……relapse……I was doing great, hitting December and I was feeling pretty fit and healthy, much more connected to people and myself. I’d made some breakthroughs in therapy so was feeling good about myself. I was eating well, getting to bed at a reasonable time and getting up early, doing my stretches and exercises. Thinking back the first sign of slippage was chocolate. I started having a double decker every now and again when shopping as a treat. Then I started to get cravings back to the point of going out to the shops as an excuse to buy chocolate. Chocolate started creeping back into the house and I’d eat it if it was there. I’d had a couple of mini binges over the previous few months but this was creeping back into eating chocolate everyday, then getting a couple of bars, or a big bar and eating it in one sitting. I started to feel on edge after I ate it and started worrying that I was relapsing, which started small shocks of self loathing, which made me eat more. My partner noticed that portion sizes were creeping up at meal times. I started to feel angry with myself so started to feel a bit withdrawn and sulky, which made me feel worse. Still nothing too bad, I was exercising so wasn’t going over my calorie limit too much, then we hit the Christmas period….

I’ve not liked Christmas for a long time, I find it a really depressing and stressful time of the year, but I’d decided to try and embrace it more and to try and enjoy it, but that didn’t really work. I don’t really engage with it bar cooking the Christmas meal and enjoying family time on the day. My ideal Christmas would be token presents not more that £10 spent on each other and then a lovely meal eaten at a slow pace and nice conversation. What I hate is that so many people start getting stressed out by late November, the worry about that perfect Christmas, the presents, the food, who’s going where. I can feel the tension mounting for weeks leading up to the day. Everywhere gets busier and there’s more aggression by the day. People are snappy with each other and get sucked into this horrible, capitalist black hole of going into debt to buy things people don’t really want. So all this definitely ramped up my stress levels, even with some survival tricks I’ve built up – the main one is financial and it’s asking for money off people then not buying myself anything with it but just paying off the bill for the presents I bought for people. Think I might have even broke even this year 🙂

With it being Christmas I also started to have a glass of wine here and there, and a little tequila, then the Christmas chocolates arrived so ate too much of them. I then started worrying about my calories so rather than cutting back I stopped filling my food diary in, and then I missed doing my stretches in a morning, just today I would tell myself, but then the next day the same again. But then the increase in sugar and alcohol, the general stress of Christmas and a couple of rough months emotionally started catching up with me. I started not being able to sleep, then getting up late, needing caffeine to get going, then I got to the point of stopping up all night to try and get back into some sort of pattern. Then I had my mini breakdown. I just completely couldn’t cope with anything, I was in tears and upset, couldn’t explain what was happening. Luckily this didn’t last too long. I slept for a little while post cry and then had a few lethargic days before starting to try and get back on track.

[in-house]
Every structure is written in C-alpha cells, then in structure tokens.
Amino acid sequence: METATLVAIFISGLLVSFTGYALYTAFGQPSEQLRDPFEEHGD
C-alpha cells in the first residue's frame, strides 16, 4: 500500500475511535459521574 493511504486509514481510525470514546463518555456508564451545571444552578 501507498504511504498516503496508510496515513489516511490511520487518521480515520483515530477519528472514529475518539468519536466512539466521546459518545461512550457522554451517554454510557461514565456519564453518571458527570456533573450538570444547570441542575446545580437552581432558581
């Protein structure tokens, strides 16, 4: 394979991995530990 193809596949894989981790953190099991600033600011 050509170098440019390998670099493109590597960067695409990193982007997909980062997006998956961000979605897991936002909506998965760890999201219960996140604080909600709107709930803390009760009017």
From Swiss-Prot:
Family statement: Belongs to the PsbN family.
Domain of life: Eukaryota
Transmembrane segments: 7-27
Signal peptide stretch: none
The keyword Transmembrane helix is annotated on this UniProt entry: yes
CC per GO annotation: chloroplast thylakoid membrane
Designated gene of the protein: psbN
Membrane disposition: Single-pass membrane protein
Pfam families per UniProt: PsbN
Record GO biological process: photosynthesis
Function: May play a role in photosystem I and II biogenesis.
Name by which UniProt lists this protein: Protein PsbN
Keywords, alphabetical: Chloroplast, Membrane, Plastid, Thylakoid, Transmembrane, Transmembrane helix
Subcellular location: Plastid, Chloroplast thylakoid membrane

Now I’m back in work mode I’m feeling much better. I’m back to setting the alarm in a morning, try and do my stretches and get breakfast before turning the iPad on, now read the papers, check social media for good things my friends are doing, check emails etc before cycling and then getting on with work. I’m still eating too much chocolate but it’s getting better and back eating well again. The thing with slippage is just that it’s slippage and not a full on drop. It’s small things pushing you the wrong way, then more small things till you end up back where you started. I’ve just learnt to not be too hard on myself, to look for the positives in the situation, to learn from it all and get back up again and try again. I think I’ll never fully recover from depression, in that relapse is never too far away, so I need to make each day count that I’m well, head in the right direction as best as I can and to remember….

EVERYONE’S DOING THIER BEST!

And now there’s a little nagging doubt that this post is far too long and rambling, but you know what, I’m going to leave it as it is because it’s helped me put the last few weeks into perspective and that’s important isn’t it? Thank you if you are still with me – gold stars all round 🙂

Xx

Guest Blog – Jim (Depression & Photography)